Richard I the Lionheart (1841) by the French Neoclassical painter Merry-Joseph Blondel (1781-1853). Blondel was a student of Jean-Baptiste Regnault and did a whole series of famous crusaders such as Richard the Lionheart, Raymond IV de Toulouse, Jean de Joinville and others for the Crusader Gallery in the National Museum in Versailles.
“Oh! what a tangled web we weave,” Sir Walter Scott wrote in his 1808 epic poem Marmion, “When first we practice to deceive!” But what a pretty web it might be, researchers might add today. The idea that being a good liar helps one be...Show More Summary
The Death of Jezebel by Coli, G. (1643-81) & Gherardi, F. (1643-1704)
A short film has just come out in time for the Jewish Film Festival called The Lady in Number 6. The summary was follows. “This is a film about the remarkable Alice Herz-Sommer, a renowned concert pianist, a distinguished music scholar and, at 109, the oldest Holocaust survivor in the world. Show More Summary
The revival of the Thames’ South Bank over the past two decades has created a vibrant and artistic district attracting large number of visitors to its art galleries, theatres, music halls, restaurants and outdoor entertainment. However visits to Temple and the north bank area east of Somerset House and Waterloo Bridge are far less frequent. Show More Summary
Sir John Falstaff Reviews His Ragged Regiment (1859) by the English artist Sir John Gilbert (1817–1897). Falstaff in front of his infamous "shadows", non-existent or disabled soldiers for whom the commanding officer receives pay. Recruiting is here a business with the only purpose to make money. Show More Summary
Michael Jackson proudly wore the crown as the “King of Pop” until his death in 2009. In the visual arts, at least for Americans, Andy Warhol’s ruled as the “King of Pop,” reigning as the prime example of Pop Art for the uninitiated as well as for connoisseurs. Show More Summary
The only thing possibly worse than facing a creative blank is facing a creative overload—to find yourself drowning in a sea of influences with no guiding life preserver in sight. In a recent article in Wired, Paul Ford wrote about how...Show More Summary
As I noted in an earlier post, William and Frances Nightingale, both from committed Unitarian families, married in 1818 and went on a long European tour. Their daughters Frances Parthenope and Florence were born in 1819 and 1820 respectively, while the parents were still travelling around on the Continent. Show More Summary
The Capture of Malta in 1530 by Philippe Villiers de L'Isle-Adam, Grand Master of the Order of Knights Hospitaller, (1839) by the French painter René Théodore Berthon (1776–1859). Despite of the name of the painting Malta wasn't captured but given to Knights Hospitaller in by 1530 Emperor Charles V after they lost Rhodes. So it's evidently a kind of heroic hokum.
Judah and Tamar (1644) by the Dutch Golden Age painter and printmaker Ferdinand Bol (1616-1680).
Aix en Provence’s most famous resident was Paul Cezanne (1839-1906) who was born and died in that city. So I was not surprised when the post “Cezanne and Zola's favourite brasserie...in Aix” was read by more people in the bloggersphere than just about any other post I had written. Show More Summary
“I leave you with four words: I'm glad Reagan dead,” Mike “Killer Mike” Render rapped in his song “Reagan” off the 2012 album R.A.P. Music. His harsh, inflammatory statements drew attention from the press at the time that only increased when the video’s similarly hyperbolic imagery (one example shown above) drew fire from conservatives. Show More Summary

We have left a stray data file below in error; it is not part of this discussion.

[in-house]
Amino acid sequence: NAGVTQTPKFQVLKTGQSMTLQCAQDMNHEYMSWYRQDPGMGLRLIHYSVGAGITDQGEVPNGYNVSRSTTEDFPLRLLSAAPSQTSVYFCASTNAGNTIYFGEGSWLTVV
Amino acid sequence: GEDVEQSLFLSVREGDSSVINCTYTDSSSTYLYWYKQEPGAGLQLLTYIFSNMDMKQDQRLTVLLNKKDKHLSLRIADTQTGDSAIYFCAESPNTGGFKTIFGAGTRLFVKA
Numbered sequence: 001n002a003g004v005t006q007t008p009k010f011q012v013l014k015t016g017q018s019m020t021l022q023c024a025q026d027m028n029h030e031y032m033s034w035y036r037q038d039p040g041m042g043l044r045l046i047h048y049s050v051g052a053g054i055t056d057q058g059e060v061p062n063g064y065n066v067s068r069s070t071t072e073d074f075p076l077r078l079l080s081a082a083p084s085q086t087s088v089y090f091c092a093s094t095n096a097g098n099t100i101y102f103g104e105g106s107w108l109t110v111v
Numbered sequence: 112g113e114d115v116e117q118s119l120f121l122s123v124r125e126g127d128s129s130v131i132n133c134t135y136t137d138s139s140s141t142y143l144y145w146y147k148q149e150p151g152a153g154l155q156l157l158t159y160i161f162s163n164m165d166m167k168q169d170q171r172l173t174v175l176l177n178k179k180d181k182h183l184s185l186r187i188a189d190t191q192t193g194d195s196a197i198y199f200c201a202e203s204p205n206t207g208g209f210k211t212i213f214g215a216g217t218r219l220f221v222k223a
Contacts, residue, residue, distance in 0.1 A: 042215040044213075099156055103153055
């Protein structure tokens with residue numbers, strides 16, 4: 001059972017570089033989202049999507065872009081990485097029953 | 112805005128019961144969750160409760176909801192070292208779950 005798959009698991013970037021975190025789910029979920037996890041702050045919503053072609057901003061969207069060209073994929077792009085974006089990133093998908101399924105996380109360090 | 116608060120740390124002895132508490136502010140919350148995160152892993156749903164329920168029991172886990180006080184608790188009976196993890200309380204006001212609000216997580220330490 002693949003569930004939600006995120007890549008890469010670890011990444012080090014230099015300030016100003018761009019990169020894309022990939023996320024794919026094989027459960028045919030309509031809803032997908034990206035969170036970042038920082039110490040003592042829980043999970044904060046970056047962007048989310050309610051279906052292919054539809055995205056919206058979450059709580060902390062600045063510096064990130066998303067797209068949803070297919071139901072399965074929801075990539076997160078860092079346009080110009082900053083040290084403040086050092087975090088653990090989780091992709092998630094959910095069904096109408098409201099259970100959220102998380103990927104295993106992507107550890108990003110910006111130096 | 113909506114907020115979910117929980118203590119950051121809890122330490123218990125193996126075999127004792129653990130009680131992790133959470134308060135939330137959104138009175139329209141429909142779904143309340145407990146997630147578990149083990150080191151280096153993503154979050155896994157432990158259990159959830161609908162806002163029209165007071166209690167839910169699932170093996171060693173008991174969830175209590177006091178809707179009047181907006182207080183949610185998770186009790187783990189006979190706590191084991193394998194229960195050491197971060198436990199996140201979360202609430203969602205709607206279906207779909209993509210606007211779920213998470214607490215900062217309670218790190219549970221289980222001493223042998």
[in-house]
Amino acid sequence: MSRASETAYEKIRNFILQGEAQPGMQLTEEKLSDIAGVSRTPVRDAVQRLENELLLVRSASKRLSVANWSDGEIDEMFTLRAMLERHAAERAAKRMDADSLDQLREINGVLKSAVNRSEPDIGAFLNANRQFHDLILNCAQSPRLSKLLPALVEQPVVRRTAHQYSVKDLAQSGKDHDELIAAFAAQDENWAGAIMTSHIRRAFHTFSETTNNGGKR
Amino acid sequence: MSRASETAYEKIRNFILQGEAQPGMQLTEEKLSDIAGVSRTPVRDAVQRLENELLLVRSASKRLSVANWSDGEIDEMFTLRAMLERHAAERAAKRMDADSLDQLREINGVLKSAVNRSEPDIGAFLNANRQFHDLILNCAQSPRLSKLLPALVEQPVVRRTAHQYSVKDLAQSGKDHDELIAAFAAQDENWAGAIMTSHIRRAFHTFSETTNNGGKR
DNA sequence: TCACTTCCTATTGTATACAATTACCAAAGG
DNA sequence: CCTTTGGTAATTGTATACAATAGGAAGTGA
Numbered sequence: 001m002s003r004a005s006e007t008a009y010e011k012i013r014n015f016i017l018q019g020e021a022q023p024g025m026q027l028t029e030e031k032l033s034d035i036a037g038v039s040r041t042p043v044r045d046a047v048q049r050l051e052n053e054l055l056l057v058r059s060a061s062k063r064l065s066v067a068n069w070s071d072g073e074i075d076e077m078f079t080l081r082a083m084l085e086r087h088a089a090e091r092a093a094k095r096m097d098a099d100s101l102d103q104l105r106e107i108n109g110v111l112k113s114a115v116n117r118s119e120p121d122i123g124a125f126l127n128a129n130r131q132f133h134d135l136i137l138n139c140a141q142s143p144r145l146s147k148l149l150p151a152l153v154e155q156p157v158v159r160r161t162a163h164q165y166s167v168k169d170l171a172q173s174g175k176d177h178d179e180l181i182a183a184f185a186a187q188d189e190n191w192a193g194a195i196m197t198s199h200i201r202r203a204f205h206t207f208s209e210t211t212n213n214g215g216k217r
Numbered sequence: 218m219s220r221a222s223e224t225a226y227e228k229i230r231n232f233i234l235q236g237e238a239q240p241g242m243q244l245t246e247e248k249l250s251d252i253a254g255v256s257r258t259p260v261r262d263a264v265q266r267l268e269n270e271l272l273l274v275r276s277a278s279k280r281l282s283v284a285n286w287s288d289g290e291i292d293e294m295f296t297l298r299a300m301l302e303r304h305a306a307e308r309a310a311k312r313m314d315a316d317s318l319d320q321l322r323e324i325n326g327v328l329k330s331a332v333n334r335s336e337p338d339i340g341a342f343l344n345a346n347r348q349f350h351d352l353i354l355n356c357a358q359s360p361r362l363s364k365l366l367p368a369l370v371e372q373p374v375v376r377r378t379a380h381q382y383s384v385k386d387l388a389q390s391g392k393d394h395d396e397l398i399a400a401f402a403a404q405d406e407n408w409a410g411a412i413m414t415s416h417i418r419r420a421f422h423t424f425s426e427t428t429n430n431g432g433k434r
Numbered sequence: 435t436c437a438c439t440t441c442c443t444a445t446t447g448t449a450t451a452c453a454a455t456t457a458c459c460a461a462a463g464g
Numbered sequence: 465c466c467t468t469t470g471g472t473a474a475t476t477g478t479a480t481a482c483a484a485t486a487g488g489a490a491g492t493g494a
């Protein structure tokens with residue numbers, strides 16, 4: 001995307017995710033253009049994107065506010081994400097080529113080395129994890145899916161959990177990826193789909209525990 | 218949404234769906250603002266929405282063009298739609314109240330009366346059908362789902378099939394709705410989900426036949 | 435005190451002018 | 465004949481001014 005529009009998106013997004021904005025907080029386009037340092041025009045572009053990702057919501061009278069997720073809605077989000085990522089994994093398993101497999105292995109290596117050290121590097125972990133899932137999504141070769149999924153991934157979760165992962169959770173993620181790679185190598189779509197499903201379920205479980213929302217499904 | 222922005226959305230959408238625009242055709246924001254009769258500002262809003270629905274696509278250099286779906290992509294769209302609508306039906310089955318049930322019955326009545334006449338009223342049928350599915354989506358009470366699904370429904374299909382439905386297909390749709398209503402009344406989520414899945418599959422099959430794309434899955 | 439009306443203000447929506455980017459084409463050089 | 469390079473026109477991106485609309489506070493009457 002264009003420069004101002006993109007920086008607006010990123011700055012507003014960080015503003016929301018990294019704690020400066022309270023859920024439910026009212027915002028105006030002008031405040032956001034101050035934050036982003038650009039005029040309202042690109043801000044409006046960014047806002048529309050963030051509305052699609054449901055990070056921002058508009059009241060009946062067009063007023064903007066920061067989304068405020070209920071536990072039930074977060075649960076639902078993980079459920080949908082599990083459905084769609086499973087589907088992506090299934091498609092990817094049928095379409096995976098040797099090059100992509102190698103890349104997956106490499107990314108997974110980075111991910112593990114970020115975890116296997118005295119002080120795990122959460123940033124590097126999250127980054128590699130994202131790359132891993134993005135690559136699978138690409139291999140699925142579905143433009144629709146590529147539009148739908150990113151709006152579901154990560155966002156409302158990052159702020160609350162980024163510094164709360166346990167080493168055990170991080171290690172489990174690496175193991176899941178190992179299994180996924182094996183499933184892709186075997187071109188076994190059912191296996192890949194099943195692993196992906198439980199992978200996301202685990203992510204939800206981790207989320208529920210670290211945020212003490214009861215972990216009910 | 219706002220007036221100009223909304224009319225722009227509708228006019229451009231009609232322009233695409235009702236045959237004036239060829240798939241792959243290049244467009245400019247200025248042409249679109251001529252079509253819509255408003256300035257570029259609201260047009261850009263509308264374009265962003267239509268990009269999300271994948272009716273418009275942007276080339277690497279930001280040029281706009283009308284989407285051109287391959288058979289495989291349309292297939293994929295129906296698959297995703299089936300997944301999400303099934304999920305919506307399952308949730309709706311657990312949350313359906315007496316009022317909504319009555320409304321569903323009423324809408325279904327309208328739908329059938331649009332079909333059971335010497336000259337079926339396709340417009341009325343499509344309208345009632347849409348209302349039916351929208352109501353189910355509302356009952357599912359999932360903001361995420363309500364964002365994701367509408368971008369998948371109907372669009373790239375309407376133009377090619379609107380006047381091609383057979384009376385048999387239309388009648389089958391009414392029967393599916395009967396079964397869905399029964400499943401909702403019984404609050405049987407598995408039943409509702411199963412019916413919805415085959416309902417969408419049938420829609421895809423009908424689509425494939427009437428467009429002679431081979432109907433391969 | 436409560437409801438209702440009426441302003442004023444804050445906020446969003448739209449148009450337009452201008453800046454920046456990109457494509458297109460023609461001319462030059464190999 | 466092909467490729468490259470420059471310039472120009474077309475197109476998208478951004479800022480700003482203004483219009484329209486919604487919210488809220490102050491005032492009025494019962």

During his recent State of the Union Address, President Obama went for a cheap laugh line by questioning the value of an art history degree. Although he later half apologized, Obama stuck by the well-worn argument that if something doesn’t have immediate economic value, then it has no value at all. Show More Summary
Piero della Francesca (ca. 1420-1492) is in a legion of famous painters who were lost to art history for centuries -- in his case, for over four. The works of Piero, along with artists including Sandro Botticelli (1446-1510) and JanShow More Summary
Spitalfields Life blog was discussing the markets of Old London and noted that only Smithfield, London’s oldest wholesale market, continues trading from the same building. Leather Lane, Hoxton Market and East St Markets still operate as street markets, but Clare Market, Whitechapel Hay Market and the Caledonian Rd Market have gone forever. Show More Summary
The State Barge of Cardinal Richelieu on the Rhone (1829) by the French history painter Hippolyte Delaroche (1797-1856). The painting shows Richelieu his barge, preceding the boat carrying Cinq-Mars and De Thou carried to their execution. Show More Summary
European scholars, soldiers, administrators and tourists were flooding into Egypt, Turkey and other exotic countries in large numbers during the 19th century. So we can expect that they would want to bring back souvenirs with them to remind them of the amazing colours, cultures and tastes they saw there. Show More Summary
Not many art stories make the cover of both TIME and Newsweek in the same week, but the revelation of Andrew Wyeth’s infamous “Helga Paintings” in 1986 caused a news stir that spilled outside the confines of the culture sections. The...Show More Summary
“How do you do that?” young Charlie Parker would ask older musicians. “Would you please do that again?” Those who know jazz, or who only know of jazz greats such as the man many have known simply as “Bird,” might have trouble imagining those questions coming from Parker. Show More Summary